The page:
The supply chain also benefits from BI as retailers harness the intelligence to better manage logistics, including packaging and shipping. For example, rather than have many small units shipped to one location individually, BI can highlight which items can be consolidated into one shipment to save money and reduce the chances of inventory being lost or misdelivered.

In more tech-savvy retailers, business intelligence is being delivered along with data analytics for even more insight. Indeed, data analytics can help uncover problems retailers didn’t even know were there, such as a late inventory delivery every other Thursday which is negatively impacting a retailer’s three locations in a metro area. Data analytics also could help uncover areas of opportunity by analyzing data from internal and external factors—weather patterns in the Northeast, for example, which could spur an uptick in down jacket sales. Armed with that information, as well as the historical buying trends of customers purchasing down jackets and social media sentiment about the product in general, retailers could stock up on extra inventory of certain brands and styles of down jackets to accommodate customer demand and increase sales.

Data analytics are also helpful in engaging customers through personalization, such as recommended items online or even in-store suggestions based on multiple factors, including past purchases, history of returns and social media comments. Amazon, for one, uses data analytics to make suggestions to customers that are related to their searches and purchases. The company also uses analytics to promote items that aren’t selling well or driving much revenue, tying them to recommendations to improve sales of those items.6

In another example, Walmart is using data analytics to affect real-time pricing on inventory, changing the price of items to reflect consumer demand and to take advantage of market conditions.7

Business intelligence and analytics both rely heavily on data from multiple areas, including sales, operations, revenue, inventory and marketing, to provide insight quickly and accurately. Working together, these technologies can enable retailers to make changes that impact the business immediately and in the long term, with an end result of reduced costs, increased customer satisfaction and higher profits.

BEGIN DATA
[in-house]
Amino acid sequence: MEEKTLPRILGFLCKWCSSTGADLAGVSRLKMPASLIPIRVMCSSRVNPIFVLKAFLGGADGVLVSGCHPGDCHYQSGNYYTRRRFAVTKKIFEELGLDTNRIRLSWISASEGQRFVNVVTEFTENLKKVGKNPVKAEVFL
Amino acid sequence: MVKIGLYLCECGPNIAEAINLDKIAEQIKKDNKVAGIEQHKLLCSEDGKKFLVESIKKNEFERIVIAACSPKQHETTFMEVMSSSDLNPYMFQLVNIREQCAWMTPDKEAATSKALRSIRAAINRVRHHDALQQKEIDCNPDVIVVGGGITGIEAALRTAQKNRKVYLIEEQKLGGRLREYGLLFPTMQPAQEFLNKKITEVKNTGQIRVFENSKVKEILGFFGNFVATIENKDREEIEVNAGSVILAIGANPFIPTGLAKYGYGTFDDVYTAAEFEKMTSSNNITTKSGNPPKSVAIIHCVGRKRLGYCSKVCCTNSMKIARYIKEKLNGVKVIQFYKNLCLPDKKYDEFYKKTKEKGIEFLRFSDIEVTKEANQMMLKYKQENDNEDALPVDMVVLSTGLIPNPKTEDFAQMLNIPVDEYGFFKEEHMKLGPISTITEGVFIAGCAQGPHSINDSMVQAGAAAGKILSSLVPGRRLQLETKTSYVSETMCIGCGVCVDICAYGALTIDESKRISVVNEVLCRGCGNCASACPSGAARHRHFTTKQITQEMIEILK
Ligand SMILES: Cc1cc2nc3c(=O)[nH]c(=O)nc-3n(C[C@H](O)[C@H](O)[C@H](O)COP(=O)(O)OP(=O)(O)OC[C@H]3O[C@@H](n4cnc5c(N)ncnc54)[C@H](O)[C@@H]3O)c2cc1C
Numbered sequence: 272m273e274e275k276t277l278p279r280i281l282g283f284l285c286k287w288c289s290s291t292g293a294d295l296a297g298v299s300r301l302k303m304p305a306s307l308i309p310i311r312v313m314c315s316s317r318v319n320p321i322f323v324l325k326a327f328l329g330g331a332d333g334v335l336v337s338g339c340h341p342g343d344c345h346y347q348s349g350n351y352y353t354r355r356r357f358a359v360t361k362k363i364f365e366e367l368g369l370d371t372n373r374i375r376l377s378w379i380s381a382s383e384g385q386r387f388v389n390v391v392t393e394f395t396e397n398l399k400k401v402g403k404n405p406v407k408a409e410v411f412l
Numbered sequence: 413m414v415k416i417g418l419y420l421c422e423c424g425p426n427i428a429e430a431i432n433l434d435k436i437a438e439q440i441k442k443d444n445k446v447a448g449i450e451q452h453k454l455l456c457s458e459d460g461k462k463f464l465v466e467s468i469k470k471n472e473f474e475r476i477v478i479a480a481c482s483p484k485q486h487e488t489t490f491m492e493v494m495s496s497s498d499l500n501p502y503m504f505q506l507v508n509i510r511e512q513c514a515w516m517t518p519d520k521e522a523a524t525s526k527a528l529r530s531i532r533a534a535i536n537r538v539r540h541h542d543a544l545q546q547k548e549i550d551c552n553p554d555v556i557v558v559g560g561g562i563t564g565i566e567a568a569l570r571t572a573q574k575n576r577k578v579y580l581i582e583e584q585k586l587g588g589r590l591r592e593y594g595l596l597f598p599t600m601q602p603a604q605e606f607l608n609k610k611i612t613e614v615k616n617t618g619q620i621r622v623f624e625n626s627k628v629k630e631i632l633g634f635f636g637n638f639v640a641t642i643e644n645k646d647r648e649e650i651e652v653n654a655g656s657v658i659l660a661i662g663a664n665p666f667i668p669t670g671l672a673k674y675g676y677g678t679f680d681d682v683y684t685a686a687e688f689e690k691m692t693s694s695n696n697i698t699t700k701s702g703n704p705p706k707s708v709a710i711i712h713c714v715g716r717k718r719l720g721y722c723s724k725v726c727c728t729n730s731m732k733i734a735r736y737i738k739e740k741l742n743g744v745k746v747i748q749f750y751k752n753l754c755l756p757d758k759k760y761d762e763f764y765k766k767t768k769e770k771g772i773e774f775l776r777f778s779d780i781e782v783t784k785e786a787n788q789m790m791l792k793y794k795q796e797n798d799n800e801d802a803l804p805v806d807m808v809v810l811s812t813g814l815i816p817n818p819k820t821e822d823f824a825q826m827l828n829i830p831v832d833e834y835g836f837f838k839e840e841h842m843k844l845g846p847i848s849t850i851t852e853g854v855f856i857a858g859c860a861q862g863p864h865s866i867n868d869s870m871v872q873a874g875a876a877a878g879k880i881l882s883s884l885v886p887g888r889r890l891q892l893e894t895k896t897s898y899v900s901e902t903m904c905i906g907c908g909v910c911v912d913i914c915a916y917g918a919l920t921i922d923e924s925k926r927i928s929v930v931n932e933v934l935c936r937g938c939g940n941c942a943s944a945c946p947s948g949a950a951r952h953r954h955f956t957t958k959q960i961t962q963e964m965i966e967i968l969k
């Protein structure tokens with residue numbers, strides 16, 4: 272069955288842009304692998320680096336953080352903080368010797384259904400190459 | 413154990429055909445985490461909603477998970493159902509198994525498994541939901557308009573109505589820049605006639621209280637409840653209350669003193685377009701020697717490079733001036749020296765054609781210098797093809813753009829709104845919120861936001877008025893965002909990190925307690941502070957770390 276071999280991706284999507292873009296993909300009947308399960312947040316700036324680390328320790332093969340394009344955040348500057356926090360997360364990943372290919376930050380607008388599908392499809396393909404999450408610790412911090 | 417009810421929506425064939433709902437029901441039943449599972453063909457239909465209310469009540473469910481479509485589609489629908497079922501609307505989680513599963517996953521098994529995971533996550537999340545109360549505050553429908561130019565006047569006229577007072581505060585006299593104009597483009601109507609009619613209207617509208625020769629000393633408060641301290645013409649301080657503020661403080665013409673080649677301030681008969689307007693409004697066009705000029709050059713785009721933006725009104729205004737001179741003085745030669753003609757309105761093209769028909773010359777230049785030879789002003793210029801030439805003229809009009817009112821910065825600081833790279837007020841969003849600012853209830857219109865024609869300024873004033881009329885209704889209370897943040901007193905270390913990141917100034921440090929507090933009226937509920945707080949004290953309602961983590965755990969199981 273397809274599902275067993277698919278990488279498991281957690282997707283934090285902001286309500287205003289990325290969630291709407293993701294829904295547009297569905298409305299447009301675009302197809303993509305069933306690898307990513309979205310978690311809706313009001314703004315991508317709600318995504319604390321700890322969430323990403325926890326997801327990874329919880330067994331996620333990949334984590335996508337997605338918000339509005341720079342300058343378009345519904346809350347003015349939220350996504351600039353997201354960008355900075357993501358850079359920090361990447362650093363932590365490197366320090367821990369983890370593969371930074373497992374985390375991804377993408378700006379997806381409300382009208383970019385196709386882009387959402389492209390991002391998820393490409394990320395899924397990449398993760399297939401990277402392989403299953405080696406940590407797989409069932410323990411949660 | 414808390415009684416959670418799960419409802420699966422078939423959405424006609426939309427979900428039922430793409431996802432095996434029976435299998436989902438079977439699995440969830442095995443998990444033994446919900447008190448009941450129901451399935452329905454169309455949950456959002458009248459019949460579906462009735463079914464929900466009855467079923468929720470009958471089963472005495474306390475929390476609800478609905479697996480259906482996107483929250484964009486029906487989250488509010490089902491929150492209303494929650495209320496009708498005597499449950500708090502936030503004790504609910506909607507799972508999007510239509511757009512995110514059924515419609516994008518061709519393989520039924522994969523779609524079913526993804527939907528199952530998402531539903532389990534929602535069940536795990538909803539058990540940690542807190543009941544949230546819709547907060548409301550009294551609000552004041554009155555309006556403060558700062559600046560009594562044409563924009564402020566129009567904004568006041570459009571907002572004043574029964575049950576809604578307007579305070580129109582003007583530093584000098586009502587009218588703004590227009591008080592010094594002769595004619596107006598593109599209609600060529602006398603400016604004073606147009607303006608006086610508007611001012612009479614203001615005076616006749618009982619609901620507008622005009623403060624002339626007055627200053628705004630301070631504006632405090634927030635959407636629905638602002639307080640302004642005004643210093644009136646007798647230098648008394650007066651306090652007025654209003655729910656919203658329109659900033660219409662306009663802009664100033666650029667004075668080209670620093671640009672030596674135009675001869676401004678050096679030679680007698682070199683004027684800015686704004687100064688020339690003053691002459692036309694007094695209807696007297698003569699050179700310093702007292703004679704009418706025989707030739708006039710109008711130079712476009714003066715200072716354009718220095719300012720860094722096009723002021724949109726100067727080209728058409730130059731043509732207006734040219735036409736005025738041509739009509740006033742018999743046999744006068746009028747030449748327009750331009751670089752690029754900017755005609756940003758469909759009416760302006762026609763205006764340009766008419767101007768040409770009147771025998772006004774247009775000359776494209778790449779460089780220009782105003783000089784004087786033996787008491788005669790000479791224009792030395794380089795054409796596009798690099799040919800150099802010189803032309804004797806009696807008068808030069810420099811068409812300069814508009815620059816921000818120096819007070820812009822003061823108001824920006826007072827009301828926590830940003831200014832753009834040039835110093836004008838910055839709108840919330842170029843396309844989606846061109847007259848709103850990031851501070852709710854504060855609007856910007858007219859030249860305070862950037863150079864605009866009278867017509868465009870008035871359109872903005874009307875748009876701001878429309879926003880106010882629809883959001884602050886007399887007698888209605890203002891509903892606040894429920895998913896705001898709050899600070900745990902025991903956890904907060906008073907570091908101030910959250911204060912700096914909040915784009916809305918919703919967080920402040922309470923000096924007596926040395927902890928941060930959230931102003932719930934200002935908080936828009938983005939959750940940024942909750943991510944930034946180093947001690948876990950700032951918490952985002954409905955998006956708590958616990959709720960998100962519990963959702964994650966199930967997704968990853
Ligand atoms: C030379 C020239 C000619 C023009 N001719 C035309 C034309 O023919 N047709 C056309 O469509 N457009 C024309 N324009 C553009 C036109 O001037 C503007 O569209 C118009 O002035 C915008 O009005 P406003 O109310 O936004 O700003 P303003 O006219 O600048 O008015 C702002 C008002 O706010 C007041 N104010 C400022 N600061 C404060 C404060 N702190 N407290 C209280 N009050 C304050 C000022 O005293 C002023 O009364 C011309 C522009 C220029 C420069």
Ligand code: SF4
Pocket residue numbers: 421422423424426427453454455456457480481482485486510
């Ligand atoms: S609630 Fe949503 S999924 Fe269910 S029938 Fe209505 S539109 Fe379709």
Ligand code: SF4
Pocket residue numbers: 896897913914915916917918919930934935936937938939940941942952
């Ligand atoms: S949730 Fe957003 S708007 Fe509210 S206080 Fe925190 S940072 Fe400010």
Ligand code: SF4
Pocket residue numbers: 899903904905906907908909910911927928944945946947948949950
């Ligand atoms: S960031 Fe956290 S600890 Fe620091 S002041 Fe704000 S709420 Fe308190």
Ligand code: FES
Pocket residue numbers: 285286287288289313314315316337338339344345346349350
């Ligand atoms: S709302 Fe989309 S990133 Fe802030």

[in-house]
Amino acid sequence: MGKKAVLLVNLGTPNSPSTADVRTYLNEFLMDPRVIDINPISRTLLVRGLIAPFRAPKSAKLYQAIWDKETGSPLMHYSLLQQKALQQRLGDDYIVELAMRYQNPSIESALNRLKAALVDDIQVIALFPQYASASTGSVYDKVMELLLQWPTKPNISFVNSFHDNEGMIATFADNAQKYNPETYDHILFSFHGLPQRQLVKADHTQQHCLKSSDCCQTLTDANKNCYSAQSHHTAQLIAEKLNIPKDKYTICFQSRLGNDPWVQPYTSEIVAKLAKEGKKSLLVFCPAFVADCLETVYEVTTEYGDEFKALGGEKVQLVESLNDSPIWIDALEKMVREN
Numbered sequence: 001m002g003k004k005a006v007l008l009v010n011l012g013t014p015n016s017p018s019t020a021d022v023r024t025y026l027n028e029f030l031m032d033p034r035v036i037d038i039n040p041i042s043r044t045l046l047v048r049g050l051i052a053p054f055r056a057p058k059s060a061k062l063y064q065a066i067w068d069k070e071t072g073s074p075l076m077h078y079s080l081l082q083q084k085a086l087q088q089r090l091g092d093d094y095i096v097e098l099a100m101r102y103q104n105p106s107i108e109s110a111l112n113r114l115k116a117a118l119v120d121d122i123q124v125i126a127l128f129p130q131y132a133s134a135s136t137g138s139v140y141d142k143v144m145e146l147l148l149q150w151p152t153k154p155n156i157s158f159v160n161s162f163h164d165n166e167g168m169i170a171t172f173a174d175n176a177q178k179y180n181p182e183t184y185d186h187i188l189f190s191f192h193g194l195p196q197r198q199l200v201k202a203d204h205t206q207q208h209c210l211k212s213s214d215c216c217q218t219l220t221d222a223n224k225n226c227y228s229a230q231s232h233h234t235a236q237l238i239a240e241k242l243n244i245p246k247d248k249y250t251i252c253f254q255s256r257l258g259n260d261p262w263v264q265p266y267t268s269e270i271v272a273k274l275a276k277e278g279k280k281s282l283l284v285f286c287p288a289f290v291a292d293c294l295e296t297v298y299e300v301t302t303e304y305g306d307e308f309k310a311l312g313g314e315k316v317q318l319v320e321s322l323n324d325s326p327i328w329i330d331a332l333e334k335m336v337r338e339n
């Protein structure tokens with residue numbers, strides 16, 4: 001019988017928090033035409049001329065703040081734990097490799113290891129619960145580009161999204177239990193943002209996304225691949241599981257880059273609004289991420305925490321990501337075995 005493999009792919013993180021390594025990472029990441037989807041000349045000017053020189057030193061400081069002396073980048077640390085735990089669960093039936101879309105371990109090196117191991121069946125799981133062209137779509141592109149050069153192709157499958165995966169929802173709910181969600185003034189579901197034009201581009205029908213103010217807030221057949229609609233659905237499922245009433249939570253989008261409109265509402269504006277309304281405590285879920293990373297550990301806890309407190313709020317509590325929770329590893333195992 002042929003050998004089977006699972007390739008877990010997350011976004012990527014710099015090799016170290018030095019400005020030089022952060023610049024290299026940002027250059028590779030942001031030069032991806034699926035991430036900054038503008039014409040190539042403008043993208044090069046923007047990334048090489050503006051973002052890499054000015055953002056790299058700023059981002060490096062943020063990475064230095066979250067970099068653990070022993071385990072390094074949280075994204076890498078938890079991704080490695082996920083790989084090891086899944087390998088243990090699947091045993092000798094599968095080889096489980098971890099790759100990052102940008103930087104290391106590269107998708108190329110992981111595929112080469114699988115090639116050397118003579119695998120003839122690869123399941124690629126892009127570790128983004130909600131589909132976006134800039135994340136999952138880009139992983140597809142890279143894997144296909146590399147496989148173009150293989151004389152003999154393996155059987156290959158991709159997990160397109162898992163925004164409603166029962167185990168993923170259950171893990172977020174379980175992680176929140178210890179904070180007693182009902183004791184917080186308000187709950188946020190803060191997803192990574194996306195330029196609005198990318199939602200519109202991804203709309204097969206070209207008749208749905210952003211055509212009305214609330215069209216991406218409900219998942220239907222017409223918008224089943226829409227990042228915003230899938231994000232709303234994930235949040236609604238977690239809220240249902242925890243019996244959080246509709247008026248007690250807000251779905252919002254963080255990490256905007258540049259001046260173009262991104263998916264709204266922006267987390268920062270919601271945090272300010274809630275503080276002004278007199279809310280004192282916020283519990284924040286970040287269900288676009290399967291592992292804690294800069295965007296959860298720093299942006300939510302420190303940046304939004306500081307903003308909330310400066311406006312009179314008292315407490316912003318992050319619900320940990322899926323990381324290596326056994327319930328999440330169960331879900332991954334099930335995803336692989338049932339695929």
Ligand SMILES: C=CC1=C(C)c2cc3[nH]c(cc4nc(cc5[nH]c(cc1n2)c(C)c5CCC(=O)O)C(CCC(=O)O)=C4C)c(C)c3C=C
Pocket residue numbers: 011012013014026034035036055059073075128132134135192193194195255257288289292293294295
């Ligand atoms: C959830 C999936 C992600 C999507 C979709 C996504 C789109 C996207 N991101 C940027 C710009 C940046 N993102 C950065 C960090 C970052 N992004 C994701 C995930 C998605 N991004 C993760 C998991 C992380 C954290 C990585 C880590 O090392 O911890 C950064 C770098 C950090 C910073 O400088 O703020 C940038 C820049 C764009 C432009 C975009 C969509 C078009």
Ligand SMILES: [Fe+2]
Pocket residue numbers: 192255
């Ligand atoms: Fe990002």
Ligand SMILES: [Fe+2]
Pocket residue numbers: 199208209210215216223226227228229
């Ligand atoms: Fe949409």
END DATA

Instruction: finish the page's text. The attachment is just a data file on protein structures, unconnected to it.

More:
Intelligence Needs the Right Infrastructure

Retailers have much to gain from intelligence. However, business intelligence, data analytics and other technologies won’t provide their maximum value when run on legacy networks and IT architecture. To reap the benefits of these technologies, companies need sufficient bandwidth, as well as a smart, software-defined architecture. These technologies give retailers more capacity, flexibility and control of business applications across the enterprise—from corporate headquarters to retail locations—which, in turn, means more efficient operations and the ability to keep pace with new and improved customer experiences.

As organizations strive to become ever more digitally focused, they need an environment that supports digital transformation from every point on the network. Hybrid cloud and network environments, SD-WAN and high-speed broadband are just some of the technologies that can enable companies to better manage their business applications across all locations. Meanwhile, networking components such as WiFi and unified communications ensure employees can work anytime, anywhere, with no impact on productivity.

What’s more, managed services can help organizations as they adopt new technologies. By tying disparate systems together and “filling in the gaps” both during and after infrastructure upgrades, networks aren’t over-stressed and processes are streamlined for IT managers.

Working with a network service provider can help retailers adopt intelligent technologies and embrace new services. Retail organizations, for example, can leverage virtual and physical private Ethernet connectivity to assure there are no issues regarding network performance and availability for critical applications at all company locations. They also can receive all or some of their most critical connectivity functions as a managed service, including managed connectivity, WiFi, security, voice and business continuity, among others.


As 2019 brings forth a confluence of issues impacting the retail sector, retailers have no choice but to address these concerns head on. Utilizing the data and intelligence derived from all points of the organization—both inside and outside—can help retailers better understand and take advantage of opportunities for growth, provide insights to build better customer relationships, streamline operations for better efficiencies and expand their opportunities for future success.

To learn more about how Comcast Business can help, visit ComcastBusiness.com/retail.

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[1] Dyfed Loesche, “Mobile E-commerce is up and Poised for Further Growth,” Statista, March 6, 2018

[2] “Curb Appeal: Are You Ready for Click & Collect?” Nielsen, Feb. 14, 2018

[3] Ibid.

[4] “How to Drive Repeat Purchases: The Real Value of Customer Loyalty,” research report, StitchLabs,

[5] “Online Consumer Technology Sales Increased 19 Percent in the First Three Quarters of 2017, Reports Checkout,” press release, NPD, Jan. 8, 2018

[6] Jasmine Morgan, “How Retail Shifted from Business Intelligence to Data Science,” SmartDataCollective, March 8, 2018,

[7] Ibid.